ICT: Given the increasing frequency and intensity of natural disasters, how crucial is it for emergency disaster coordinators to incorporate infection prevention and control measures into their disaster planning, especially when onsite infection prevention experts are unavailable?

TR: Shelter managers must incorporate infection prevention and control measures into disaster planning because we have strong evidence that shelters can be associated with outbreaks of communicable diseases. It is important to implement mitigation strategies to minimize disease spread in shelters, especially during the respiratory virus season in the fall and winter months. The APIC guidebook for shelters is designed to be implemented regardless of whether an infection prevention expert is available onsite. It is written in a way that allows noninfection prevention experts to understand and implement the control measures to help create a safe environment within the shelter.

ICT: The guidebook emphasizes the importance of tracking infections within shelters. Could you discuss the significance of the added log/report feature and how it contributes to better managing and controlling infectious diseases during disasters?

TR: The log was developed to aid shelter workers in keeping track of potentially contagious individuals within the shelter. This can help identify if a small cluster of cases or an increasing trend in cases is occurring within the shelter; this could signify the start of an outbreak in the shelter. It can also help with contact tracing (identifying if someone has potentially been exposed to a communicable disease) if needed.

ICT: In the context of both natural disasters and humanitarian crises, the guidebook addresses the challenge of limited supplies. How does the updated version guide on optimizing PPE when resources are scarce, and what key considerations are highlighted?

TR: The original guidebook outlined extensive protocols for allocating PPE, such as masks and respirators, when supplies are dwindling or depleted. Little was known about that topic when the original APIC guidebook was published. During the COVID-19 pandemic, the CDC developed new guidelines for allocating PPE when supplies are insufficient or depleted. However, these guidelines were updated a few times during the pandemic as the science evolved. Rather than outlining the current CDC guidelines on optimizing PPE use within the guidebook, the 2024 APIC guidebook instead refers readers to the CDC website to find the current version of guidelines. This was done because the authors of the APIC guidebook worried that the PPE guidance would be outdated soon after the guidebook was published, and we did not want readers to use outdated guidelines. It made more practical sense to refer individuals to the CDC site, which always has the most updated guidelines available. We chose to do this because PPE optimization is an area of ongoing research and protocol development.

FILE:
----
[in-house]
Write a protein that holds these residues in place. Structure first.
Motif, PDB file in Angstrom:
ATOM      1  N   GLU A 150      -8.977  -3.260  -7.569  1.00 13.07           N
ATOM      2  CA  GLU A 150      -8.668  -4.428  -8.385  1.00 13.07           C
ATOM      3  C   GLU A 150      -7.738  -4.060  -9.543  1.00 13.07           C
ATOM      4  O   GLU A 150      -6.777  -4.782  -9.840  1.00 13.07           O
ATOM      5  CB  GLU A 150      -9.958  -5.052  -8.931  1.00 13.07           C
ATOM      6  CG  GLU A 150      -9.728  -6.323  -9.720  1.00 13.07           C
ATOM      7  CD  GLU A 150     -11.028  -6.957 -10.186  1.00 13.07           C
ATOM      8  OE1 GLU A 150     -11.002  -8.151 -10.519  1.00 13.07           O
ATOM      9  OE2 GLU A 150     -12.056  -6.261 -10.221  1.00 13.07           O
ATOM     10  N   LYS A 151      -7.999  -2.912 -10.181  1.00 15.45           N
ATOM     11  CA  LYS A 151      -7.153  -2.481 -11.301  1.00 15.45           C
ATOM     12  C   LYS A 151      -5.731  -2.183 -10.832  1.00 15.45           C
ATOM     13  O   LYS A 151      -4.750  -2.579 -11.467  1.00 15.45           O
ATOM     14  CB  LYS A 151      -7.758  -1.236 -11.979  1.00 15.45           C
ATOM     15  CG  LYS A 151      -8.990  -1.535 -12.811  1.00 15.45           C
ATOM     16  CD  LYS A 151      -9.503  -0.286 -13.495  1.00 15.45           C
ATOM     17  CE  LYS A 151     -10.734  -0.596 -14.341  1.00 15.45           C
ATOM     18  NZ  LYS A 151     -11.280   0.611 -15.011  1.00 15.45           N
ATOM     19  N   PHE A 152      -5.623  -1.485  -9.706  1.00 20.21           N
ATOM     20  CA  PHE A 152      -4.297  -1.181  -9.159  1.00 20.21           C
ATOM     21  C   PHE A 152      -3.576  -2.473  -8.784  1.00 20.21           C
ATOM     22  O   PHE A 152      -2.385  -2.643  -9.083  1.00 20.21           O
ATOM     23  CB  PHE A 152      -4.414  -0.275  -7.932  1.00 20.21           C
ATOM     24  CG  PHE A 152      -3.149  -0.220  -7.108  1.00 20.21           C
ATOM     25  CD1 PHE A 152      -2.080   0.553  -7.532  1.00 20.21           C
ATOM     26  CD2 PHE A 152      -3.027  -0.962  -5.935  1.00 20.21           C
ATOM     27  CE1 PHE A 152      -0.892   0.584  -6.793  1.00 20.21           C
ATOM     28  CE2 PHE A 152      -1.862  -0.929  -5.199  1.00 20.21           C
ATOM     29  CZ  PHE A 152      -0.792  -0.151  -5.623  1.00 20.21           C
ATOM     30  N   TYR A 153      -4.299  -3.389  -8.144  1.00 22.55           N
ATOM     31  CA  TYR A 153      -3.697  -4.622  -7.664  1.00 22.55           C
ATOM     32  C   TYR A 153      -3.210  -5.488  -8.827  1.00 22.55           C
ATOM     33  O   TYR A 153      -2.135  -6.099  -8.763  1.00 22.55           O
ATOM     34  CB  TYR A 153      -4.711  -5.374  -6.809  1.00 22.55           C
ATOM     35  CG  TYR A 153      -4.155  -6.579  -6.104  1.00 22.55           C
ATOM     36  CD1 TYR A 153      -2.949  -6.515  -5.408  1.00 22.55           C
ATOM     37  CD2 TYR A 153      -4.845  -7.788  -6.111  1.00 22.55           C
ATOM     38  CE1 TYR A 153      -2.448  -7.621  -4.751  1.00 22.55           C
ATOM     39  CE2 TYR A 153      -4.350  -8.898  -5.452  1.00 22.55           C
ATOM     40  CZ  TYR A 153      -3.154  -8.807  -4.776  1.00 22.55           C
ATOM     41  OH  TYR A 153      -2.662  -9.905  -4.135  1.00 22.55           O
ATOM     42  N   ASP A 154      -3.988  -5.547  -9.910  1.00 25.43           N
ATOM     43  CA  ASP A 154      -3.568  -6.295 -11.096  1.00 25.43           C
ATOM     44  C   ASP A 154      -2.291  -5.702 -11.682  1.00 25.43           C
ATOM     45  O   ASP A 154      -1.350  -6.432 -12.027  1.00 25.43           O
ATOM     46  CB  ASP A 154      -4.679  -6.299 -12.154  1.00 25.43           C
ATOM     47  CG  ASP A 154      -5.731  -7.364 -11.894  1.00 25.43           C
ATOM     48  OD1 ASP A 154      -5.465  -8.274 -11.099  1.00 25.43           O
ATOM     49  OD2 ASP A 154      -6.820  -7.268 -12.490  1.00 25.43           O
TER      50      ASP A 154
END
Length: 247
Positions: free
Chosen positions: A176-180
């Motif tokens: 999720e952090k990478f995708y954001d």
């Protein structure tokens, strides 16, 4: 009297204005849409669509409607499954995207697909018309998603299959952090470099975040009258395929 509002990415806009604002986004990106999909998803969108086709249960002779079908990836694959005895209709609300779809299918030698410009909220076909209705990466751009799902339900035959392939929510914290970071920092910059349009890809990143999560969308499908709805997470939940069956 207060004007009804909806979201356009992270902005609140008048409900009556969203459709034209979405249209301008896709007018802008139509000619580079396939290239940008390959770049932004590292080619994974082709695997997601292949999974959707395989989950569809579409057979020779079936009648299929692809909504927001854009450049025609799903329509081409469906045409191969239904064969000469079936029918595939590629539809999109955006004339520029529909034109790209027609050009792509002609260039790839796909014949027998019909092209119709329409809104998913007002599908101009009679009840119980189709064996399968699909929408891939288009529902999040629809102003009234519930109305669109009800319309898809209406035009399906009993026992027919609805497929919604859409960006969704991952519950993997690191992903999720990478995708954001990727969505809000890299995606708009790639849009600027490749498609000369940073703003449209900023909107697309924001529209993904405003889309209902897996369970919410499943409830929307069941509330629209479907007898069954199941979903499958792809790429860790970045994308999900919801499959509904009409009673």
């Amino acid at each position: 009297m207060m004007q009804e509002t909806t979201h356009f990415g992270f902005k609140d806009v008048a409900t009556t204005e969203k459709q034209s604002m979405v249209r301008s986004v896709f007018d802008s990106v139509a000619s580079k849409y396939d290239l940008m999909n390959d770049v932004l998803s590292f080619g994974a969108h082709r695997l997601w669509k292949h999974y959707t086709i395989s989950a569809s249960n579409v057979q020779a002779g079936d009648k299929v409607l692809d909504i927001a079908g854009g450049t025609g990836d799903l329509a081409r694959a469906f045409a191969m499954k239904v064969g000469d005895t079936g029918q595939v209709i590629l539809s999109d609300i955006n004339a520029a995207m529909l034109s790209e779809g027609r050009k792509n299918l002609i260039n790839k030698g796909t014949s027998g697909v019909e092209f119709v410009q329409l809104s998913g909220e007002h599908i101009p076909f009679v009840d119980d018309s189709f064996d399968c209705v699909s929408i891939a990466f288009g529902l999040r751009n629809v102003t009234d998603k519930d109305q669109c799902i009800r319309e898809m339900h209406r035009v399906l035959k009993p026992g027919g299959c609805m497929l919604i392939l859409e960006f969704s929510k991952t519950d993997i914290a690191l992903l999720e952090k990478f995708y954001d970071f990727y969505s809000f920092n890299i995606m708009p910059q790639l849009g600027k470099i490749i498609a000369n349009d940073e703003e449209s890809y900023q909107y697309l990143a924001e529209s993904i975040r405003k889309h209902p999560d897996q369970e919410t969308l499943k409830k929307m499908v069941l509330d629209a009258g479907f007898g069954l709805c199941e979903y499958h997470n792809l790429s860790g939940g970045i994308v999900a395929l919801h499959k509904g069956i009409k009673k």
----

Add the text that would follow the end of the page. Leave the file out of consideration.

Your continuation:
ICT: The guidebook now includes information on managing linens, universal masking, ventilation considerations, quarantine, and sanitation planning. How do these additions enhance emergency disaster coordinators' overall preparedness and response capabilities in safeguarding displaced residents during crises?

TR: These new sections were added because the team revising the guidelines realized that these topics had either not been mentioned or addressed in the first version or were not covered sufficiently. In addition, some of the new sections address newer science that evolved during the COVID-19 pandemic, such as the critical role that universal masking or ventilation can play in helping to minimize disease spread in crowded or indoor spaces. Adding this new guidance helps shelter managers develop a more comprehensive emergency management plan, which should help further minimize the risk of disease spread within the shelter.